Chefs and head cooks oversee the daily food preparation at restaurants and other places where food is served. They direct kitchen staff and handle any food-related concerns.
Chefs and head cooks work in restaurants, private households, and other establishments where food is served. They often work early mornings, late evenings, weekends, and holidays. The work can be hectic and fast paced. Most chefs and head cooks work full time.
How to Become a Chef or Head Cook
Most chefs and head cooks learn their skills through work experience. Others receive training at a community college, technical school, culinary arts school, or 4-year college. A small number learn through apprenticeship programs or in the Armed Forces.
Employment of chefs and head cooks is projected to grow 9 percent from 2014 to 2024, faster than the average for all occupations. Most job opportunities for chefs and head cooks are expected to be in food services, including restaurants. Job opportunities also will result from the need to replace workers who leave the occupation. Candidates can expect strong competition for jobs at upscale restaurants, hotels, and casinos, where the pay is typically highest.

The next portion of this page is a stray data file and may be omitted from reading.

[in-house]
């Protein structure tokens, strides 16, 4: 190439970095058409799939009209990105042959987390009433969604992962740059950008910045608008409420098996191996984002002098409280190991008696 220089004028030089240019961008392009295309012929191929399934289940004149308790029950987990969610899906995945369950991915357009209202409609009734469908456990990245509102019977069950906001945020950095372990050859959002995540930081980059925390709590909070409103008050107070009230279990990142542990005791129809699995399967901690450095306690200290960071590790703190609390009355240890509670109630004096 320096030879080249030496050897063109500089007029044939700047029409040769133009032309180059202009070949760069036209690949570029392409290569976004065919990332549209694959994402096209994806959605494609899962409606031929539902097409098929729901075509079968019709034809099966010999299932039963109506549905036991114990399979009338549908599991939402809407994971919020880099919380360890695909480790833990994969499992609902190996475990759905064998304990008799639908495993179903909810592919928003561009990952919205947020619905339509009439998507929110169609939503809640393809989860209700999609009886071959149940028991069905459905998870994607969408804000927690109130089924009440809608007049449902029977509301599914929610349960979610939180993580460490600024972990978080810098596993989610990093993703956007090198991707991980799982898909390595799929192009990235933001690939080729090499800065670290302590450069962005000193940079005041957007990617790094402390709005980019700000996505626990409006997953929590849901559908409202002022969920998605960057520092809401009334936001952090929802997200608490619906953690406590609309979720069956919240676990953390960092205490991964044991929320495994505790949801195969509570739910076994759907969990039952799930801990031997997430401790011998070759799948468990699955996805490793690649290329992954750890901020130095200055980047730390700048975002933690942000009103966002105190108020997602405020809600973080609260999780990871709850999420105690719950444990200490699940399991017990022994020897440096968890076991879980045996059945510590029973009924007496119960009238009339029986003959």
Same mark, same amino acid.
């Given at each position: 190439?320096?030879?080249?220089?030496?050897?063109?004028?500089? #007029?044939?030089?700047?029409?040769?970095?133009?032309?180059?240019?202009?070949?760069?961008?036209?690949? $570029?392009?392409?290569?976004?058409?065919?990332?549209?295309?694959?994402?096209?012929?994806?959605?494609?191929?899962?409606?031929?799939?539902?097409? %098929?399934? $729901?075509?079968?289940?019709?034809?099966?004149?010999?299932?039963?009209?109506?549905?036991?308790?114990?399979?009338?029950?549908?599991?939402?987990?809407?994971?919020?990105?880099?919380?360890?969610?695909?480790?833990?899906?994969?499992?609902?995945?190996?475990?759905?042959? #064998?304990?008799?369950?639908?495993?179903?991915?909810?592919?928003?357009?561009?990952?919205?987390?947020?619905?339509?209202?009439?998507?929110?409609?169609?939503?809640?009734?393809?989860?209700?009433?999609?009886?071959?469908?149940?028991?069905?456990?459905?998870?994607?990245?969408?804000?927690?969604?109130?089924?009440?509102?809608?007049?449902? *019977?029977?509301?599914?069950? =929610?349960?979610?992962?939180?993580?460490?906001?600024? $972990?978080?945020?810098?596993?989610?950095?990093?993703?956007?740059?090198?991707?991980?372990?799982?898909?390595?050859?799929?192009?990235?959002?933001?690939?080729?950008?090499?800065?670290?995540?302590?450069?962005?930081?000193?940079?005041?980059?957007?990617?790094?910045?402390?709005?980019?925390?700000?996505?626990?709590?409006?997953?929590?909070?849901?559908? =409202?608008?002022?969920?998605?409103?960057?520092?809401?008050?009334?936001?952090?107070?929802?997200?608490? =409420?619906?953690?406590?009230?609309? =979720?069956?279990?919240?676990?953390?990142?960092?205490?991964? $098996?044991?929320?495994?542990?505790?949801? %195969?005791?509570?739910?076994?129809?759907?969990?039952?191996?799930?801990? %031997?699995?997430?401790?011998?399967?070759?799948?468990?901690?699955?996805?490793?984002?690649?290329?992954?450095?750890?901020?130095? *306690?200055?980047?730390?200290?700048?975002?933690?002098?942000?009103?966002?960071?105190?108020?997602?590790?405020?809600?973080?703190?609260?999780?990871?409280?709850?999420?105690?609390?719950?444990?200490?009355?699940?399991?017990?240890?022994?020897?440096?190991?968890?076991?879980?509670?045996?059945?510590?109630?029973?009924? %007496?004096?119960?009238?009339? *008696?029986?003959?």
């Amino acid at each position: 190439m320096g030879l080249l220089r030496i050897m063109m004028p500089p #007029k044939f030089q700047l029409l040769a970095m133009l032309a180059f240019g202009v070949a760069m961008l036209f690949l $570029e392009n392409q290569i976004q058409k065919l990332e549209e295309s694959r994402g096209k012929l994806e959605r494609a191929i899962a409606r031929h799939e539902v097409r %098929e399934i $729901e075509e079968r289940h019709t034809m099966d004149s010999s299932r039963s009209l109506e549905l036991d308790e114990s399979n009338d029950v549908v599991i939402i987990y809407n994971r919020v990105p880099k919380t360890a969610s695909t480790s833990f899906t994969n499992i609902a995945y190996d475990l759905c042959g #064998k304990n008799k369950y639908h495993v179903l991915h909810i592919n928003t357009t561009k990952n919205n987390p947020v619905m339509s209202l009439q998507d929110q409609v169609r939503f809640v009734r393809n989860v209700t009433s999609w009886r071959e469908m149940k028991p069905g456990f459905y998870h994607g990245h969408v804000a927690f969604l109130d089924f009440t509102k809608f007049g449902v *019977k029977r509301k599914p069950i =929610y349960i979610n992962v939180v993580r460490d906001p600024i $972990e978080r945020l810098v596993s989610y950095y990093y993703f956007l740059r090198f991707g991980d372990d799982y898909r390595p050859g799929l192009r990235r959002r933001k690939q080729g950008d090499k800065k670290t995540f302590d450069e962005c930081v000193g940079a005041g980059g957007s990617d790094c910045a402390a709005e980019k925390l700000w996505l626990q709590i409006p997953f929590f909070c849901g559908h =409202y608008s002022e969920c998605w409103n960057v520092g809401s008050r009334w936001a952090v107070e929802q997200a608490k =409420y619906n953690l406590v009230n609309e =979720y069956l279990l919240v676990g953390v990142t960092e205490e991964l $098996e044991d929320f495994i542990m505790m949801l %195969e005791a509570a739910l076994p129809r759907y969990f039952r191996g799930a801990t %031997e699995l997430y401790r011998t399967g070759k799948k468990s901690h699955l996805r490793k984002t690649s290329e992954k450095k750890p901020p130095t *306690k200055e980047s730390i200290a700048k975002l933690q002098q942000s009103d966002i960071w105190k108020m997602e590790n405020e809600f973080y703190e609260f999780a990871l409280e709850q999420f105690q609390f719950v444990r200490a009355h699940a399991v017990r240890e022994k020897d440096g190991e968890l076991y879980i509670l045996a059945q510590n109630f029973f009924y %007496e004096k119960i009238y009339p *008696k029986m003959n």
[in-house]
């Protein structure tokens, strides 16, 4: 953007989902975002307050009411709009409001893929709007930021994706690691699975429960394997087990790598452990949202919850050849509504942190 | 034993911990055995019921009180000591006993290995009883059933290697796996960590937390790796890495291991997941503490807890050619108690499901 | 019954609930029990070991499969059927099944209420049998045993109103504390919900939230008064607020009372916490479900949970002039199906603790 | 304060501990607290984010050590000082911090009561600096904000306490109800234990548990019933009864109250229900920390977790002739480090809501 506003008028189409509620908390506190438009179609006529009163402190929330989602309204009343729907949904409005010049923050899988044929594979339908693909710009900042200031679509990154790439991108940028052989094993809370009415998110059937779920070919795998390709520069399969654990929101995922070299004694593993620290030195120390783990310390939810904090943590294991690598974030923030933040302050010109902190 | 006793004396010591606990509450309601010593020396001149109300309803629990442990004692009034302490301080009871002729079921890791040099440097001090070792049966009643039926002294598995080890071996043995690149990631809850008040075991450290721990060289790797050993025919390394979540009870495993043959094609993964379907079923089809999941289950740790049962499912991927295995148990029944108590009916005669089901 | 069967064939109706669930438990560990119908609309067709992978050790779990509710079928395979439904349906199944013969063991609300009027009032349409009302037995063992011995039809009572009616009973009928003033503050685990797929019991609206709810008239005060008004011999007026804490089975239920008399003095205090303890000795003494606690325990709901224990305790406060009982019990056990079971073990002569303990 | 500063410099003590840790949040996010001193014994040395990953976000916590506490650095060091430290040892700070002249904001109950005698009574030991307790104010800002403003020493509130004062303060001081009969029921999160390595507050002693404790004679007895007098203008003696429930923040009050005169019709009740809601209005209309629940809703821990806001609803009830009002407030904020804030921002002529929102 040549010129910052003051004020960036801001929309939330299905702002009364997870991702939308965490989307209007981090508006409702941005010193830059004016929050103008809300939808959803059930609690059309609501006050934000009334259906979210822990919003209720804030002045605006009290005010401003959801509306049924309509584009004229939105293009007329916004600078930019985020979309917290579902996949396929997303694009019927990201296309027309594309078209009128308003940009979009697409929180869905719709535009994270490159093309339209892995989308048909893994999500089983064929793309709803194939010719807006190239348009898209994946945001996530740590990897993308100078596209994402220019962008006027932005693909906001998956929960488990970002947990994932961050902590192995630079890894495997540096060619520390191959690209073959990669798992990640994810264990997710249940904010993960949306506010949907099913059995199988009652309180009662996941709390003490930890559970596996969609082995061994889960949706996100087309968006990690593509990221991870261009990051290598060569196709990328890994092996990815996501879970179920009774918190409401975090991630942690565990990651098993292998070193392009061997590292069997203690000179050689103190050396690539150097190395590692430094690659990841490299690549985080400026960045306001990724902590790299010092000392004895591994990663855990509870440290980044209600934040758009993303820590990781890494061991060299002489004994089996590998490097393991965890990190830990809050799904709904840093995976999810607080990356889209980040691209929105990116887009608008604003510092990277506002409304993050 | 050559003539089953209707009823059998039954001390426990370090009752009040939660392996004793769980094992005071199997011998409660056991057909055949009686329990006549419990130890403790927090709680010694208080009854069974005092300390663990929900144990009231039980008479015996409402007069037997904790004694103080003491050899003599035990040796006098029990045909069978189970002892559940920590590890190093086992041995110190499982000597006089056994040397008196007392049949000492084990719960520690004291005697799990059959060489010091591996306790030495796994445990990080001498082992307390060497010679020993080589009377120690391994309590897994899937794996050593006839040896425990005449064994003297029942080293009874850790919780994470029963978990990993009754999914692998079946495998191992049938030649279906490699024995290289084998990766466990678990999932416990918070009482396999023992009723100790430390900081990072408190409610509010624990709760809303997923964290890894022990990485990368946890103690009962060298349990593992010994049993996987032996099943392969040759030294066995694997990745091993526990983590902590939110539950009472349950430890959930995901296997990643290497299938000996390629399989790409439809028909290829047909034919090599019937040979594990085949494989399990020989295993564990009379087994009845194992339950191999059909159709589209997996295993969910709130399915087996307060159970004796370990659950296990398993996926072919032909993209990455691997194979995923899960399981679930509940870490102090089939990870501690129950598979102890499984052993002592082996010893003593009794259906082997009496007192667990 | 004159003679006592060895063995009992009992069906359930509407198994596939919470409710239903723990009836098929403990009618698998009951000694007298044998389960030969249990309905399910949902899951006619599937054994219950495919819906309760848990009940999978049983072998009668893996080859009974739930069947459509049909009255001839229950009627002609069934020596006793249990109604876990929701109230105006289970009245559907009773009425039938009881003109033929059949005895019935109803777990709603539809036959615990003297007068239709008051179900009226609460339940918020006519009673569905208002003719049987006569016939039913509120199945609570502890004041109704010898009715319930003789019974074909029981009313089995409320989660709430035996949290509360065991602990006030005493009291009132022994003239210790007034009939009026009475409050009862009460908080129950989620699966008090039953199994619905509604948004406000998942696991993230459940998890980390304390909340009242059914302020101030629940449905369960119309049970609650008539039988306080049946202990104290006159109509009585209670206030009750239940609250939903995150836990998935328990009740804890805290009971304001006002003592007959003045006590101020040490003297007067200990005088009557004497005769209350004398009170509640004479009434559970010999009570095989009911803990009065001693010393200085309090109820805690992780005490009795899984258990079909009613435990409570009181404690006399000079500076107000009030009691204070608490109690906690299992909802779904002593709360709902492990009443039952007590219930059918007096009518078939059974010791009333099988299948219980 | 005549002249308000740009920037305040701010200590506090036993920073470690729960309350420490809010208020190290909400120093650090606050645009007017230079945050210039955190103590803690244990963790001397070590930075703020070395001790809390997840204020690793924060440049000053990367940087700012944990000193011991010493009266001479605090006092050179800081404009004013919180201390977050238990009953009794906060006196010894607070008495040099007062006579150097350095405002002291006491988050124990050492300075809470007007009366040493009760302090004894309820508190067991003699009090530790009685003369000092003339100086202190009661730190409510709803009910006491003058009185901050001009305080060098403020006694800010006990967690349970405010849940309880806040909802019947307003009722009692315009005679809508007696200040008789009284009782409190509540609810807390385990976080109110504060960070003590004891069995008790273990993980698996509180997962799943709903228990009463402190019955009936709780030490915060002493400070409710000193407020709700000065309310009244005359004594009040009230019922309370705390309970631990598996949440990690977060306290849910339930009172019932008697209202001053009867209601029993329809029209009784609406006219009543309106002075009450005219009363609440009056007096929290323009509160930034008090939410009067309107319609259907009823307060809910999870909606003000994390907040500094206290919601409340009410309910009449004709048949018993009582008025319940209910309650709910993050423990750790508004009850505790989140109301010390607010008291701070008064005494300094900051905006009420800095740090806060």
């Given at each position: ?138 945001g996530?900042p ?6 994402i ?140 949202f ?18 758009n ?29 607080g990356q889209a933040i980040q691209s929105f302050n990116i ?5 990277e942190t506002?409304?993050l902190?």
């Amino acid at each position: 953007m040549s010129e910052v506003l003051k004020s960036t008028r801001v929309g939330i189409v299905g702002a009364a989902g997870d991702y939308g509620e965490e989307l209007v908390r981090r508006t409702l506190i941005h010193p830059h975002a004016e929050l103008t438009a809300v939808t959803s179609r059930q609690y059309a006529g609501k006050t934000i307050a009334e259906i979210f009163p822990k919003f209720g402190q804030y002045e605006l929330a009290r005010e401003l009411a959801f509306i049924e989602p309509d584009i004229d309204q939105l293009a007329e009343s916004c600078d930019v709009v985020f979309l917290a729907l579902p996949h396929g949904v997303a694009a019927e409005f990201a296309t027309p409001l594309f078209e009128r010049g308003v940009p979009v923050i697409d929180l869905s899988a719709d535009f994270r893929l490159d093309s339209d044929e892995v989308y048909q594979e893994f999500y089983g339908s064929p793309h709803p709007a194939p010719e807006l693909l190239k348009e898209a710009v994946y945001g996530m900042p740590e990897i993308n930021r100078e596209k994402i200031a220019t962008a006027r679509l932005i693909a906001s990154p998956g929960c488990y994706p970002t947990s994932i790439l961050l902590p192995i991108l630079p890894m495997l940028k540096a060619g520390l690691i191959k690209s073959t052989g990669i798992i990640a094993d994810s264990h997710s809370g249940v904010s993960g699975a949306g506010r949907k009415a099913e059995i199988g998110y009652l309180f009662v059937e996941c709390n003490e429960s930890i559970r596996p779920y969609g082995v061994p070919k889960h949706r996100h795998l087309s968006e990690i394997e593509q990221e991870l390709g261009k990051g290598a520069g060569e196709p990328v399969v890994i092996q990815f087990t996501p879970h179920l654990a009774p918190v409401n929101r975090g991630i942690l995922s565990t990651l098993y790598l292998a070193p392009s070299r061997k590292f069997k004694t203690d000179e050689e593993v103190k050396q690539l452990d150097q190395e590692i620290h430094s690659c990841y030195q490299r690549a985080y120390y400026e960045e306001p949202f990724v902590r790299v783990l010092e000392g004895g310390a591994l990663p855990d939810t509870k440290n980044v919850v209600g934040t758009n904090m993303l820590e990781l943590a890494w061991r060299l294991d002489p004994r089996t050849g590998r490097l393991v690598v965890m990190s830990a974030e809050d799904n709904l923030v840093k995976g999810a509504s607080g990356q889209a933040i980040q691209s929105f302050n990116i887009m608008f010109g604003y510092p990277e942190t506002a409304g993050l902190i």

This occupation supported 115,400 jobs in 2012 and 127,500 jobs in 2014, reflecting an increase of 10.5%. In 2012, this occupation was projected to increase by 5.3% in 2022 to 121,500 jobs. As of 2014, to keep pace with prediction, the expected number of jobs was 116,600, compared with an observed value of 127,500, 9.3% higher than expected. This indicates current employment trends are much better than the 2012 trend within this occupation. In 2014, this occupation was projected to increase by 9.8% in 2024 to 138,800 jobs. Linear extrapolation of the 2012 projection for 2022 results in an expected number of 122,700 jobs for 2024, 11.6% lower than the 2014 projection for 2024. This indicates expectations for future employment trends are much better than the 2012 trend within this occupation.